Science and Society

Author: Peter Galison
Publisher: Taylor & Francis US
ISBN: 9780415937146
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First published in 2002. Routledge is an imprint of Taylor & Francis, an informa company.

Weimar Culture and Quantum Mechanics

Author: Alexei Kojevnikov
Publisher: World Scientific
ISBN: 9814293121
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This volume reprints Paul Forman''s classic papers on the history of the scientific profession in post-World War I Germany and the invention of quantum mechanics. The Forman thesis became famous for its demonstration of the cultural conditioning of scientific knowledge, in particular by showing the historical connection between the culture of Weimar Germany OCo known for its irrationality and antiscientism OCo and the emerging concept of quantum acausality. From the moment of its publication, Forman''s research provoked intense historical and philosophical debates. In 2007, participants at an international conference in Vancouver, Canada, discussed the implications of the Forman thesis for contemporary historiography. Their contributions collected in this volume represent cutting-edge research on the history of the quantum revolution and of German science."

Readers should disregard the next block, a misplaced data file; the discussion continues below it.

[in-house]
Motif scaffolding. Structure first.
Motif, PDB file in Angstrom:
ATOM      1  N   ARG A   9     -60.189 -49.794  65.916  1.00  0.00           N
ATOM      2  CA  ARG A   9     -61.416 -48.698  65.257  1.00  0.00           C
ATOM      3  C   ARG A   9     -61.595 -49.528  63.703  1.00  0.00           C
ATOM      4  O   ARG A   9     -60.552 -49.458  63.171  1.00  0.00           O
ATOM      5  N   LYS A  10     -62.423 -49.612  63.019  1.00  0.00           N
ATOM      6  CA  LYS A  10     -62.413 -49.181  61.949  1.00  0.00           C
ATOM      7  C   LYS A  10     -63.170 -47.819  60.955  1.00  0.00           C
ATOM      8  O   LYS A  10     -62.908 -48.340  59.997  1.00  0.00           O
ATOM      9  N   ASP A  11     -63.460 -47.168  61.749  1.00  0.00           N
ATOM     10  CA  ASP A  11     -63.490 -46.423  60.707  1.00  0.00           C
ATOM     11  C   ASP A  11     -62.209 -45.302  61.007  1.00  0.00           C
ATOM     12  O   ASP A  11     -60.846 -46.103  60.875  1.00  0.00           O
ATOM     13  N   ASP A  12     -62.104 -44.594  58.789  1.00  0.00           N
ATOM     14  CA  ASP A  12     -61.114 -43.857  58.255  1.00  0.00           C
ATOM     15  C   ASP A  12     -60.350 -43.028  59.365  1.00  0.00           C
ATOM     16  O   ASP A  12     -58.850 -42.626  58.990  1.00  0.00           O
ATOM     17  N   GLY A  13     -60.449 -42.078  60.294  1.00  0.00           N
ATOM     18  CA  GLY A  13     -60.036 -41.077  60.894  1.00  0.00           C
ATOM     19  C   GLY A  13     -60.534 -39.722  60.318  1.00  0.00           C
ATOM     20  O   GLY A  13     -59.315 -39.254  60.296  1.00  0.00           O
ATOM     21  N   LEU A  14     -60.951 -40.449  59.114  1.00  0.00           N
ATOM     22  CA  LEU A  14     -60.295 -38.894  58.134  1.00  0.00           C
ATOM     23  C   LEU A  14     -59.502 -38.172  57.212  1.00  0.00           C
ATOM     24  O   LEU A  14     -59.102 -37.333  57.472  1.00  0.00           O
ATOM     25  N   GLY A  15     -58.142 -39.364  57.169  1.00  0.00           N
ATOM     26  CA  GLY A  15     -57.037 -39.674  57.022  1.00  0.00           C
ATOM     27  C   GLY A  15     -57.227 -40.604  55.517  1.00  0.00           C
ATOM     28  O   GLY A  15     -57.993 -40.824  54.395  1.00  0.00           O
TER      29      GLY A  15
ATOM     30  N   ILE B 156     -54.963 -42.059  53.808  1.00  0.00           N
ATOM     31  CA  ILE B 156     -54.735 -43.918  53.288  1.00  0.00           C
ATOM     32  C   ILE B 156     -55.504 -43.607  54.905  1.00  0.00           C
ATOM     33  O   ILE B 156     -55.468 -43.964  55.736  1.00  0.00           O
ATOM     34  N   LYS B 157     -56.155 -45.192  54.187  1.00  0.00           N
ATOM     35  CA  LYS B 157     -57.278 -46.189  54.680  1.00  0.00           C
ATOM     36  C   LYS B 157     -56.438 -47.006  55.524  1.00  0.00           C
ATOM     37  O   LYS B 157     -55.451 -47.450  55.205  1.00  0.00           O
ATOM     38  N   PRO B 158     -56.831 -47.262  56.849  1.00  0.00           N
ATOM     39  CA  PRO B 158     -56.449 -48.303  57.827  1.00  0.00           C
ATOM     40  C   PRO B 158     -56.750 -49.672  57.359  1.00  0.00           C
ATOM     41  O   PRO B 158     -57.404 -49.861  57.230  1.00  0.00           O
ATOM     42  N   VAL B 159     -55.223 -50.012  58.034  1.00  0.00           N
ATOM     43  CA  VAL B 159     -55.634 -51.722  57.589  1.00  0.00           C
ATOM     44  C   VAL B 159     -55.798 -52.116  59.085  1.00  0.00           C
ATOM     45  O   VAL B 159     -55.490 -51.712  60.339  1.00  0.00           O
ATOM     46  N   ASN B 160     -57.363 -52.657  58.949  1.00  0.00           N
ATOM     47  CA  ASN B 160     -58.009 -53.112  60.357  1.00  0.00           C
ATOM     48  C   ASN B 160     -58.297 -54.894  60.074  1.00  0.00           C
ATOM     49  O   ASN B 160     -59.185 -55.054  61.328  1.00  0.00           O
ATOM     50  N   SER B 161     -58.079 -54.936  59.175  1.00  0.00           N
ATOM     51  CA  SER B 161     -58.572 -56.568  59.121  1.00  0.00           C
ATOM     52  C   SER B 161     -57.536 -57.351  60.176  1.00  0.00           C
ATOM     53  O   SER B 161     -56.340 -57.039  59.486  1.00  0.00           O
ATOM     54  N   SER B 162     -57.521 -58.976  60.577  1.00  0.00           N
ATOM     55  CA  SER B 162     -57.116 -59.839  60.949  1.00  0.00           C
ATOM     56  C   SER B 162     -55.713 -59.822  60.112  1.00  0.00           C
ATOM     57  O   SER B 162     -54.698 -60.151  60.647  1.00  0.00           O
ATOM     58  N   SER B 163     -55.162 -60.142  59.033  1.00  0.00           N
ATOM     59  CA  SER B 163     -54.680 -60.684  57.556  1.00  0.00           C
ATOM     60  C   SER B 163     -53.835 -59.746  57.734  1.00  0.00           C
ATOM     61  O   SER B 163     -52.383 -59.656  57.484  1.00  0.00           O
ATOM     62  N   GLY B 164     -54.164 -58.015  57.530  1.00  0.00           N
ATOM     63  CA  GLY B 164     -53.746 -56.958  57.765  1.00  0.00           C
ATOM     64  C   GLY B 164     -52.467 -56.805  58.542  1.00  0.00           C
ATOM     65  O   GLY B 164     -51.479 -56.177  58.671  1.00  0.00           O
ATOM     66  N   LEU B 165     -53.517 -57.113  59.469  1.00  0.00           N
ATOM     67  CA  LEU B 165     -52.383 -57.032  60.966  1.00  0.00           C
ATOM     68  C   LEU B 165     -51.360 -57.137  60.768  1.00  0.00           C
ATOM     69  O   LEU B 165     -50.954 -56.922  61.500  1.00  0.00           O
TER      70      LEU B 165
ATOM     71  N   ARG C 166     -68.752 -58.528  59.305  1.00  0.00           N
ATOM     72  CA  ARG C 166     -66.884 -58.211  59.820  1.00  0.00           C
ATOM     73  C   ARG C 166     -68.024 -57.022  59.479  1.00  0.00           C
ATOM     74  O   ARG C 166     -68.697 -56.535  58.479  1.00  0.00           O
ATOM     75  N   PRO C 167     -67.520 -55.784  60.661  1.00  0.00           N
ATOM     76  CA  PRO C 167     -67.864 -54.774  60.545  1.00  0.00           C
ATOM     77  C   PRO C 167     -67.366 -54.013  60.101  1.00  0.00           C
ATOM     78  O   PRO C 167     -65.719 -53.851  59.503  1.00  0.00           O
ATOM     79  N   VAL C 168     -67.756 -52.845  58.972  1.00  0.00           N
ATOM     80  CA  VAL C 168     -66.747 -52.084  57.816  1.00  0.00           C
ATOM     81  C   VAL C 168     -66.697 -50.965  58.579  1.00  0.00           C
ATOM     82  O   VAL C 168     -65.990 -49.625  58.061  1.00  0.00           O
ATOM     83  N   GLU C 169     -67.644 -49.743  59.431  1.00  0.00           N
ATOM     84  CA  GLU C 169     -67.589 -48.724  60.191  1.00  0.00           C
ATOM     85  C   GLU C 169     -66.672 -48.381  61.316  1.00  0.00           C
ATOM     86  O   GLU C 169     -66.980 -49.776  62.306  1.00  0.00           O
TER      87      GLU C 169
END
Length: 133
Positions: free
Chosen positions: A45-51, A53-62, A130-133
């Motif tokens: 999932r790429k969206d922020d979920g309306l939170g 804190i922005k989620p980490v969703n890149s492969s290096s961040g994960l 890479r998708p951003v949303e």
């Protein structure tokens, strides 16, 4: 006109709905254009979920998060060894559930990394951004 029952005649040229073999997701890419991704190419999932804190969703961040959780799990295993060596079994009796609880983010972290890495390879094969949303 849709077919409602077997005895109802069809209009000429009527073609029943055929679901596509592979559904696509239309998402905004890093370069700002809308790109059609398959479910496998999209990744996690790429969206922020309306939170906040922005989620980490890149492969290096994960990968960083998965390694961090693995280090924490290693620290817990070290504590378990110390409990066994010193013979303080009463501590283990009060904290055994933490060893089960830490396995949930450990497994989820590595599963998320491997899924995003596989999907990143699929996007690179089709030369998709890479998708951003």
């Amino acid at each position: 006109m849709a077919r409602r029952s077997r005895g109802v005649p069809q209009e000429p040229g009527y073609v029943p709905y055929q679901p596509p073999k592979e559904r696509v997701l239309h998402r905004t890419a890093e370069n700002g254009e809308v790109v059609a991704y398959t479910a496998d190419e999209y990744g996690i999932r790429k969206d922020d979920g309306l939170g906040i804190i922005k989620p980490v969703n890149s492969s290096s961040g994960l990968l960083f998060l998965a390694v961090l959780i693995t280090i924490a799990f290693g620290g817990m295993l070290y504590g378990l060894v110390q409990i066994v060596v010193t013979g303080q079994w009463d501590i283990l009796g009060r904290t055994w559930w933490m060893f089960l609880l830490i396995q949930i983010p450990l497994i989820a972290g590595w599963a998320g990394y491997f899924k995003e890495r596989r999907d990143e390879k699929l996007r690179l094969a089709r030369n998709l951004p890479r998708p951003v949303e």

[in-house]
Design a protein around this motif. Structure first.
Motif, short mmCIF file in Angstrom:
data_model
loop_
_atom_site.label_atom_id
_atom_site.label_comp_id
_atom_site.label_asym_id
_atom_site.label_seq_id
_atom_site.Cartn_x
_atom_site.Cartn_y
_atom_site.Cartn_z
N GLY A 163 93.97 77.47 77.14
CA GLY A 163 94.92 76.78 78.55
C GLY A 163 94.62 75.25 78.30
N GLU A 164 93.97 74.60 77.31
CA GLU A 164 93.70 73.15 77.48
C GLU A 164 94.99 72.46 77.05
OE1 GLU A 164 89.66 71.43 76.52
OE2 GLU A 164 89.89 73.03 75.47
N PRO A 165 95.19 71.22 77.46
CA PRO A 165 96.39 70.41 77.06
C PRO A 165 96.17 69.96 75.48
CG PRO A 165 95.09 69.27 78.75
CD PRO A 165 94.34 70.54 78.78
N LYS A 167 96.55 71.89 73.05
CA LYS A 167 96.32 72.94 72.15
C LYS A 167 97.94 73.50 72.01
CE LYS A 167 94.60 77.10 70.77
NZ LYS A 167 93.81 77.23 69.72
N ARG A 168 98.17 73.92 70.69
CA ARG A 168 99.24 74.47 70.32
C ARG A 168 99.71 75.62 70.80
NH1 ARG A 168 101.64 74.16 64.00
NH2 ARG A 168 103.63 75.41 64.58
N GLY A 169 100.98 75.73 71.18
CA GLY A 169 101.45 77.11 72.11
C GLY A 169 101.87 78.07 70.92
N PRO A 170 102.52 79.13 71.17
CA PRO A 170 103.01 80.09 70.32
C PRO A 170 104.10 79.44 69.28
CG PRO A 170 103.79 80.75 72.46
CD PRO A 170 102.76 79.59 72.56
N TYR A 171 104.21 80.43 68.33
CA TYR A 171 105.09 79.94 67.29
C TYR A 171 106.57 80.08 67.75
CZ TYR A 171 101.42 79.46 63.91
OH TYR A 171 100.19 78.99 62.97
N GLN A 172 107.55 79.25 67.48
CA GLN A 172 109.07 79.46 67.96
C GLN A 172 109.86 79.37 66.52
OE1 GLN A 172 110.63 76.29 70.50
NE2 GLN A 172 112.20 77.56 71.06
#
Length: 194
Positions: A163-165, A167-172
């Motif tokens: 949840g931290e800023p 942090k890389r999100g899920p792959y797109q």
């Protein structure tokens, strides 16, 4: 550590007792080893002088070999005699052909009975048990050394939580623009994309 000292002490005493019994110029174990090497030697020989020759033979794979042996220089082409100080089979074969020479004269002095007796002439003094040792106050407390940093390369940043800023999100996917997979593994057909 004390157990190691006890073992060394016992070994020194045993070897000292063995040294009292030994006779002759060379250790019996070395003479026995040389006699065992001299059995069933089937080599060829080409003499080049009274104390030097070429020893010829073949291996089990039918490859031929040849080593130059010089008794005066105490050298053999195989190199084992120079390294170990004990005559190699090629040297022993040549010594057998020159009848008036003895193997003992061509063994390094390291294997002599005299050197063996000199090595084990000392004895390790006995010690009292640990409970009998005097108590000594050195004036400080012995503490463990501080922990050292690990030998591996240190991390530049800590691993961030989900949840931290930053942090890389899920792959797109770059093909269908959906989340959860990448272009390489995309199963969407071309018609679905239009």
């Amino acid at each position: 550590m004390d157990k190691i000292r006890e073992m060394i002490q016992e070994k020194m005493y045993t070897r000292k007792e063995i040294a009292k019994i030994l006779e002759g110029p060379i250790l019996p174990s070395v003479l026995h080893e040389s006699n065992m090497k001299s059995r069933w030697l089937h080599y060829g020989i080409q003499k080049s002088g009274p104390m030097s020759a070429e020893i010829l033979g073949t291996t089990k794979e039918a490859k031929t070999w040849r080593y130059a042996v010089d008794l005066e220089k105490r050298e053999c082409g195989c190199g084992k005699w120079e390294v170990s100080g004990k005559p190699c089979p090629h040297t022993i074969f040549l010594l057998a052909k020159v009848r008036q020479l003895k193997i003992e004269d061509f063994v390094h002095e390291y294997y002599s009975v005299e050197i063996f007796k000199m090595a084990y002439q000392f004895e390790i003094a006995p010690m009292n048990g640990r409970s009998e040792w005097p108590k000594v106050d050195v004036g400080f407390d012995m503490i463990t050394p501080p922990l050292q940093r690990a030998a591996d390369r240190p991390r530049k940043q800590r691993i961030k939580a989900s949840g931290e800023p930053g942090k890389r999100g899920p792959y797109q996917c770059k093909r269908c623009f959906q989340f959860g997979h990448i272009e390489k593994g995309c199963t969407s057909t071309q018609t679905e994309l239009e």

Drawing Theories Apart

Author: David Kaiser
Publisher: University of Chicago Press
ISBN: 0226422658